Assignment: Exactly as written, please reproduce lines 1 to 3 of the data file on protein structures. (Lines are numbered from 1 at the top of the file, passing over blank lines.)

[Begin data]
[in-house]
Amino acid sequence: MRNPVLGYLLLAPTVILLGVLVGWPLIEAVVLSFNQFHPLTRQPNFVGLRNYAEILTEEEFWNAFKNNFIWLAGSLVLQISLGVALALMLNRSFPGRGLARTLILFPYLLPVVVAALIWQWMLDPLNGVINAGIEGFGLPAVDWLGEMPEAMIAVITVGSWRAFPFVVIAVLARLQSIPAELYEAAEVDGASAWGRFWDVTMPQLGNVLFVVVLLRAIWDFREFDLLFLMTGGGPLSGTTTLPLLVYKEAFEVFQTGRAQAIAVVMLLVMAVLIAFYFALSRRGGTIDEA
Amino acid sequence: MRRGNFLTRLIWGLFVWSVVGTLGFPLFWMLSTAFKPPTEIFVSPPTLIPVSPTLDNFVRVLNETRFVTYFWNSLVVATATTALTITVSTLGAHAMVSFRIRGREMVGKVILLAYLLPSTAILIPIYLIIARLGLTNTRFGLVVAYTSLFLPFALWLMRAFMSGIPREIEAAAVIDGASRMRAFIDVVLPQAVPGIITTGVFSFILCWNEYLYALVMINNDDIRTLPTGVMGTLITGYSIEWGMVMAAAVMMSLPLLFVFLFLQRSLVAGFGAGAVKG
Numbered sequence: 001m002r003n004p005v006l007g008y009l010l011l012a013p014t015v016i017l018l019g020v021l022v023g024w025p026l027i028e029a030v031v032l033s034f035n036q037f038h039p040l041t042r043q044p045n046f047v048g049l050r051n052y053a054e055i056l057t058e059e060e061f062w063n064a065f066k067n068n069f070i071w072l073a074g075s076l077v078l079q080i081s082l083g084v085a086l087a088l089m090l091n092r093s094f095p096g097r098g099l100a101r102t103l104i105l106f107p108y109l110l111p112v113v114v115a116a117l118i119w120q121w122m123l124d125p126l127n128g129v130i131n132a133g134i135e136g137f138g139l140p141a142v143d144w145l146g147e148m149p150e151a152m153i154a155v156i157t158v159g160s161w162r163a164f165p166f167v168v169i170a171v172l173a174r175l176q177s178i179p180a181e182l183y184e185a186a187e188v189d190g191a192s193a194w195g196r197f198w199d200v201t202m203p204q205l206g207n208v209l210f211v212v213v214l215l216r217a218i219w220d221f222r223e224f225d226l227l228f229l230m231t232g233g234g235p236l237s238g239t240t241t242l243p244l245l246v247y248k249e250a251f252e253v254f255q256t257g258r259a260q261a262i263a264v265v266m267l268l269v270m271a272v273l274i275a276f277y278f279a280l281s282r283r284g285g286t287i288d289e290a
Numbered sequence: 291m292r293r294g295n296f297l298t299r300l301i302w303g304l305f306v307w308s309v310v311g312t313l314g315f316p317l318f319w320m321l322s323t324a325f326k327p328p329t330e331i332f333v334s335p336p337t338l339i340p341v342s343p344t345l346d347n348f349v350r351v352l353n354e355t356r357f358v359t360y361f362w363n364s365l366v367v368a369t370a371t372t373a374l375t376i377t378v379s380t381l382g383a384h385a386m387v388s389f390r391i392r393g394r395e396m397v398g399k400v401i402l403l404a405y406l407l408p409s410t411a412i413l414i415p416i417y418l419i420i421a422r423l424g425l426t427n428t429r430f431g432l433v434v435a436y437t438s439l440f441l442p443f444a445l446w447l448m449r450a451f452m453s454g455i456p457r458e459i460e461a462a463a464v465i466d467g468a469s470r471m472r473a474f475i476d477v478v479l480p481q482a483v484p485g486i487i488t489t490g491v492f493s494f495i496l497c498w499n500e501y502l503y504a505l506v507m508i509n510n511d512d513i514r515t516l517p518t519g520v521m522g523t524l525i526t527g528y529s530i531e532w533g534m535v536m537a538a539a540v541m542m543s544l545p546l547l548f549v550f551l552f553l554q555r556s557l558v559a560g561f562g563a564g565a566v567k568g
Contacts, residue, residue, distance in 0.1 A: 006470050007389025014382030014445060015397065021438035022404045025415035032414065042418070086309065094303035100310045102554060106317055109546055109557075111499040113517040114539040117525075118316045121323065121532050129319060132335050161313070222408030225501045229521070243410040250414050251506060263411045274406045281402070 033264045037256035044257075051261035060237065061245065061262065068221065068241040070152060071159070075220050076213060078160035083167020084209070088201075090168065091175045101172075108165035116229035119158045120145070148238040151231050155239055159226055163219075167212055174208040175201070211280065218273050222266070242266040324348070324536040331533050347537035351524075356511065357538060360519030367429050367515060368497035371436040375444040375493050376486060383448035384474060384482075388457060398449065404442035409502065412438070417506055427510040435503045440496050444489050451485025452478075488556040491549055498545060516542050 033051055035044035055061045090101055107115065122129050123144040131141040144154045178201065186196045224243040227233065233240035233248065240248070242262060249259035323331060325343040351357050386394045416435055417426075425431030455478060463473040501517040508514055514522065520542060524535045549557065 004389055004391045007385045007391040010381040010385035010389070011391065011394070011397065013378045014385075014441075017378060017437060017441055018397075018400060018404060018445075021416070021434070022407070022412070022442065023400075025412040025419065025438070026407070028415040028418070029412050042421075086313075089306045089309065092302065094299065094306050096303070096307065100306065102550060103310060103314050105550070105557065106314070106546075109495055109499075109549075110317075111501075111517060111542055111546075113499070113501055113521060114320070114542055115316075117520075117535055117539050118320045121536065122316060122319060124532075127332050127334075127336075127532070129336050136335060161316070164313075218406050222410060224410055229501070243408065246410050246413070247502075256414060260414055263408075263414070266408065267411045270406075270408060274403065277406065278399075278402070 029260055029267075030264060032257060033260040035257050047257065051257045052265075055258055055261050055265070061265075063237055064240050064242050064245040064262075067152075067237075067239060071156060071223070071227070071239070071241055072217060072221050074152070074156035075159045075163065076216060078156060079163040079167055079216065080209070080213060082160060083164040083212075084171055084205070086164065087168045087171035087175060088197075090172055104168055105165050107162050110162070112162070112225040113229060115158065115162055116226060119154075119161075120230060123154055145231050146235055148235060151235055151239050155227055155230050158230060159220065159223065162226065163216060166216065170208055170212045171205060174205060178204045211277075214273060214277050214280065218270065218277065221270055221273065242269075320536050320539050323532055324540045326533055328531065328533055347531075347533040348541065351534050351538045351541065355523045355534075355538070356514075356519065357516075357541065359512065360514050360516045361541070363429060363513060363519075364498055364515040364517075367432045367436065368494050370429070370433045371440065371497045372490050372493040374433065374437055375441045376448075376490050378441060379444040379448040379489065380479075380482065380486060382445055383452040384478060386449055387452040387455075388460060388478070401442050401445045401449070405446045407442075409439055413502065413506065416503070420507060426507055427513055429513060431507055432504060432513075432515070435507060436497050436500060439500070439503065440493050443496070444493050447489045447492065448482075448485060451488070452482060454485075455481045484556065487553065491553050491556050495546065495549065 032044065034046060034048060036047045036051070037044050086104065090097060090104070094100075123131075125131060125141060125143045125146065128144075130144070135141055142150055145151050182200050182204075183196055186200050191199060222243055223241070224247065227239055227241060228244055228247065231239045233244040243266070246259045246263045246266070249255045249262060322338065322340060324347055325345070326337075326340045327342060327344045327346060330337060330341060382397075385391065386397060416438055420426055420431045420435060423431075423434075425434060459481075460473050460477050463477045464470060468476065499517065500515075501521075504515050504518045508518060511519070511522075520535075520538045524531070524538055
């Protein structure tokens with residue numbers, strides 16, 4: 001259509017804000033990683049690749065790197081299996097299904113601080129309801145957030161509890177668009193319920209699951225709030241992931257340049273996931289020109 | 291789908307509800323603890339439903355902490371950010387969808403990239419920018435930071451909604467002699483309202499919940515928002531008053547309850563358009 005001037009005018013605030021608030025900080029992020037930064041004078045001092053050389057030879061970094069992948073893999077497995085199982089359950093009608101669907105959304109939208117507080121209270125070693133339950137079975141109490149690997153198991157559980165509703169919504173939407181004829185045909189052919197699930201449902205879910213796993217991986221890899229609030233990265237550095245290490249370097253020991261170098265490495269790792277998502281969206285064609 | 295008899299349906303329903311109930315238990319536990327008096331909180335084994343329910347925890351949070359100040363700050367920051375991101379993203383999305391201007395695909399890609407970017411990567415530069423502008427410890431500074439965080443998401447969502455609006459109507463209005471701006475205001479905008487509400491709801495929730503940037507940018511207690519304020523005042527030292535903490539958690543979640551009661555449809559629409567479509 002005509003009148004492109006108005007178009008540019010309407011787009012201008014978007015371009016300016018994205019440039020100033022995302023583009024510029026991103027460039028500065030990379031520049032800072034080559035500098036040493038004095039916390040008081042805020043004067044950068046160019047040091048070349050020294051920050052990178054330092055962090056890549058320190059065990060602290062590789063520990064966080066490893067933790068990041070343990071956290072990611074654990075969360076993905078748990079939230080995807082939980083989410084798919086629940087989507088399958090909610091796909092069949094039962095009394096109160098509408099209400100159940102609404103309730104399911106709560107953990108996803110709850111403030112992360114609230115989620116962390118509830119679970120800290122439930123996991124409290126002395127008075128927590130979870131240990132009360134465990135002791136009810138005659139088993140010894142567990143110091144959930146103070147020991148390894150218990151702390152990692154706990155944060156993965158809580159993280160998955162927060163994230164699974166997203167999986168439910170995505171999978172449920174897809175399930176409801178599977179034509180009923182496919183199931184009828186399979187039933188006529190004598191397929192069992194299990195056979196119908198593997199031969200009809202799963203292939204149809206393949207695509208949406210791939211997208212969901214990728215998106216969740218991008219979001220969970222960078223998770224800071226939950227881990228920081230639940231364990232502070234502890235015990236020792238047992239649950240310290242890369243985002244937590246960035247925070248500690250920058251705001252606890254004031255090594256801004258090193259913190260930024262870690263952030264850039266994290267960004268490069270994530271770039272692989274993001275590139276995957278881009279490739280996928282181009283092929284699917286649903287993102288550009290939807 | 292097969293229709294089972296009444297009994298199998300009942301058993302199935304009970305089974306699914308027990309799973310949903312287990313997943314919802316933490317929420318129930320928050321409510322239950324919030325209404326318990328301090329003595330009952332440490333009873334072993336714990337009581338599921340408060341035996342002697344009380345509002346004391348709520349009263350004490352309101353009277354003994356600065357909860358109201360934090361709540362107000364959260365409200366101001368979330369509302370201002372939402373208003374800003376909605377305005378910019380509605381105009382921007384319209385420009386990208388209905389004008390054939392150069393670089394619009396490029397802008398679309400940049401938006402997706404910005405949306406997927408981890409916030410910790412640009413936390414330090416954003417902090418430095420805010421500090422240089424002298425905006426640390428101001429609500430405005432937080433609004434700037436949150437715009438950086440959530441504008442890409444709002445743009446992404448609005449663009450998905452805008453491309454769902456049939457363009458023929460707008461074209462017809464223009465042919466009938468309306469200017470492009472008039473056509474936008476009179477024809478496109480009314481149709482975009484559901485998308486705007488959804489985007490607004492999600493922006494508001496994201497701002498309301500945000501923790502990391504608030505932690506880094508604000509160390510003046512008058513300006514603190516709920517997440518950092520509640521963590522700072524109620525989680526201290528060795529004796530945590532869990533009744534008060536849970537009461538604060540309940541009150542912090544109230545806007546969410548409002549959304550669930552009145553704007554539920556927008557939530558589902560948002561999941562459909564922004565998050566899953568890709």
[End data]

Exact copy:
[in-house]
Amino acid sequence: MRNPVLGYLLLAPTVILLGVLVGWPLIEAVVLSFNQFHPLTRQPNFVGLRNYAEILTEEEFWNAFKNNFIWLAGSLVLQISLGVALALMLNRSFPGRGLARTLILFPYLLPVVVAALIWQWMLDPLNGVINAGIEGFGLPAVDWLGEMPEAMIAVITVGSWRAFPFVVIAVLARLQSIPAELYEAAEVDGASAWGRFWDVTMPQLGNVLFVVVLLRAIWDFREFDLLFLMTGGGPLSGTTTLPLLVYKEAFEVFQTGRAQAIAVVMLLVMAVLIAFYFALSRRGGTIDEA
Amino acid sequence: MRRGNFLTRLIWGLFVWSVVGTLGFPLFWMLSTAFKPPTEIFVSPPTLIPVSPTLDNFVRVLNETRFVTYFWNSLVVATATTALTITVSTLGAHAMVSFRIRGREMVGKVILLAYLLPSTAILIPIYLIIARLGLTNTRFGLVVAYTSLFLPFALWLMRAFMSGIPREIEAAAVIDGASRMRAFIDVVLPQAVPGIITTGVFSFILCWNEYLYALVMINNDDIRTLPTGVMGTLITGYSIEWGMVMAAAVMMSLPLLFVFLFLQRSLVAGFGAGAVKG